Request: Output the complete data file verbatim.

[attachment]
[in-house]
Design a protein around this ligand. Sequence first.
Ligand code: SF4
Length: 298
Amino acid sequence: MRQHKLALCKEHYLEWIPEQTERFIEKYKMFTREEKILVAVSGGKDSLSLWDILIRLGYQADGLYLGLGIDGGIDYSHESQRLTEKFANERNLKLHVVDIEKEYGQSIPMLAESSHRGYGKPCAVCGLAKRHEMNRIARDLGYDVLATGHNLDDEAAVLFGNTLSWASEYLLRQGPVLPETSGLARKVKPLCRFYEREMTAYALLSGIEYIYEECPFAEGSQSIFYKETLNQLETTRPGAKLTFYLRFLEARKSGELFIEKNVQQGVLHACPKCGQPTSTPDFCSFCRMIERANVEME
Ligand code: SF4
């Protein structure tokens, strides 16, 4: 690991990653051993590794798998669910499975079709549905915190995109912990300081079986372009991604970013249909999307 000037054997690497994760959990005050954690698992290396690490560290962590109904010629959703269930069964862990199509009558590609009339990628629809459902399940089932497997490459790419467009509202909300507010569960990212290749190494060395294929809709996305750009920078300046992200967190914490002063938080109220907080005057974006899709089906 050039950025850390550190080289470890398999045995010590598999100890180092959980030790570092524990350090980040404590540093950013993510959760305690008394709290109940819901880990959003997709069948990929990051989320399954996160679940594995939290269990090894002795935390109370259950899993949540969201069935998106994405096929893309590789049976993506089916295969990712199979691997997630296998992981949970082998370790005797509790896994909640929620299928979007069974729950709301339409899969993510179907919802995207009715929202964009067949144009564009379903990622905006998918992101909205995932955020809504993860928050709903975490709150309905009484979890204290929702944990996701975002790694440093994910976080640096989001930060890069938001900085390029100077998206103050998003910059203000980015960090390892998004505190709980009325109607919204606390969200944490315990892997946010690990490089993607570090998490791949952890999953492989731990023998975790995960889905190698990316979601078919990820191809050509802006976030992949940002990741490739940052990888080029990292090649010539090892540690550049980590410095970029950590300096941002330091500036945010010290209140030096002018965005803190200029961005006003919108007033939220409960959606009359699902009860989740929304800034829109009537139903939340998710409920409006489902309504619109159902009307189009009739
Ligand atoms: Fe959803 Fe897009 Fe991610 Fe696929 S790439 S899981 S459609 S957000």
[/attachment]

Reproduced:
[in-house]
Design a protein around this ligand. Sequence first.
Ligand code: SF4
Length: 298
Amino acid sequence: MRQHKLALCKEHYLEWIPEQTERFIEKYKMFTREEKILVAVSGGKDSLSLWDILIRLGYQADGLYLGLGIDGGIDYSHESQRLTEKFANERNLKLHVVDIEKEYGQSIPMLAESSHRGYGKPCAVCGLAKRHEMNRIARDLGYDVLATGHNLDDEAAVLFGNTLSWASEYLLRQGPVLPETSGLARKVKPLCRFYEREMTAYALLSGIEYIYEECPFAEGSQSIFYKETLNQLETTRPGAKLTFYLRFLEARKSGELFIEKNVQQGVLHACPKCGQPTSTPDFCSFCRMIERANVEME
Ligand code: SF4
């Protein structure tokens, strides 16, 4: 690991990653051993590794798998669910499975079709549905915190995109912990300081079986372009991604970013249909999307 000037054997690497994760959990005050954690698992290396690490560290962590109904010629959703269930069964862990199509009558590609009339990628629809459902399940089932497997490459790419467009509202909300507010569960990212290749190494060395294929809709996305750009920078300046992200967190914490002063938080109220907080005057974006899709089906 050039950025850390550190080289470890398999045995010590598999100890180092959980030790570092524990350090980040404590540093950013993510959760305690008394709290109940819901880990959003997709069948990929990051989320399954996160679940594995939290269990090894002795935390109370259950899993949540969201069935998106994405096929893309590789049976993506089916295969990712199979691997997630296998992981949970082998370790005797509790896994909640929620299928979007069974729950709301339409899969993510179907919802995207009715929202964009067949144009564009379903990622905006998918992101909205995932955020809504993860928050709903975490709150309905009484979890204290929702944990996701975002790694440093994910976080640096989001930060890069938001900085390029100077998206103050998003910059203000980015960090390892998004505190709980009325109607919204606390969200944490315990892997946010690990490089993607570090998490791949952890999953492989731990023998975790995960889905190698990316979601078919990820191809050509802006976030992949940002990741490739940052990888080029990292090649010539090892540690550049980590410095970029950590300096941002330091500036945010010290209140030096002018965005803190200029961005006003919108007033939220409960959606009359699902009860989740929304800034829109009537139903939340998710409920409006489902309504619109159902009307189009009739
Ligand atoms: Fe959803 Fe897009 Fe991610 Fe696929 S790439 S899981 S459609 S957000």